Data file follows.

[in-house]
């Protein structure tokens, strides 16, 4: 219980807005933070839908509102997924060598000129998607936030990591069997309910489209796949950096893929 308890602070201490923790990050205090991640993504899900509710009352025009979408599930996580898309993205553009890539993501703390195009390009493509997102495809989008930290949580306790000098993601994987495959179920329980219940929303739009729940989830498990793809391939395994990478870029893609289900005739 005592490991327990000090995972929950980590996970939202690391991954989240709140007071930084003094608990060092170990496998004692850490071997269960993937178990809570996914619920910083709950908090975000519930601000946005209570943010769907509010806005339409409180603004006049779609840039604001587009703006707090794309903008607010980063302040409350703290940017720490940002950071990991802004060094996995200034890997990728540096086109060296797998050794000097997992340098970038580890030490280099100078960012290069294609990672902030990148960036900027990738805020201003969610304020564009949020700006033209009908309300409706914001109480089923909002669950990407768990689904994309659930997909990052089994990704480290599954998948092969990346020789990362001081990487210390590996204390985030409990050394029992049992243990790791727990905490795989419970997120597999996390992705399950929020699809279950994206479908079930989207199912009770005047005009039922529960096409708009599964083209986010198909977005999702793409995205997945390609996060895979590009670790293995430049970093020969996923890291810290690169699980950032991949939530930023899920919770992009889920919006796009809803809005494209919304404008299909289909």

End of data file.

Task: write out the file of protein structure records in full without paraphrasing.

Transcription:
[in-house]
């Protein structure tokens, strides 16, 4: 219980807005933070839908509102997924060598000129998607936030990591069997309910489209796949950096893929 308890602070201490923790990050205090991640993504899900509710009352025009979408599930996580898309993205553009890539993501703390195009390009493509997102495809989008930290949580306790000098993601994987495959179920329980219940929303739009729940989830498990793809391939395994990478870029893609289900005739 005592490991327990000090995972929950980590996970939202690391991954989240709140007071930084003094608990060092170990496998004692850490071997269960993937178990809570996914619920910083709950908090975000519930601000946005209570943010769907509010806005339409409180603004006049779609840039604001587009703006707090794309903008607010980063302040409350703290940017720490940002950071990991802004060094996995200034890997990728540096086109060296797998050794000097997992340098970038580890030490280099100078960012290069294609990672902030990148960036900027990738805020201003969610304020564009949020700006033209009908309300409706914001109480089923909002669950990407768990689904994309659930997909990052089994990704480290599954998948092969990346020789990362001081990487210390590996204390985030409990050394029992049992243990790791727990905490795989419970997120597999996390992705399950929020699809279950994206479908079930989207199912009770005047005009039922529960096409708009599964083209986010198909977005999702793409995205997945390609996060895979590009670790293995430049970093020969996923890291810290690169699980950032991949939530930023899920919770992009889920919006796009809803809005494209919304404008299909289909």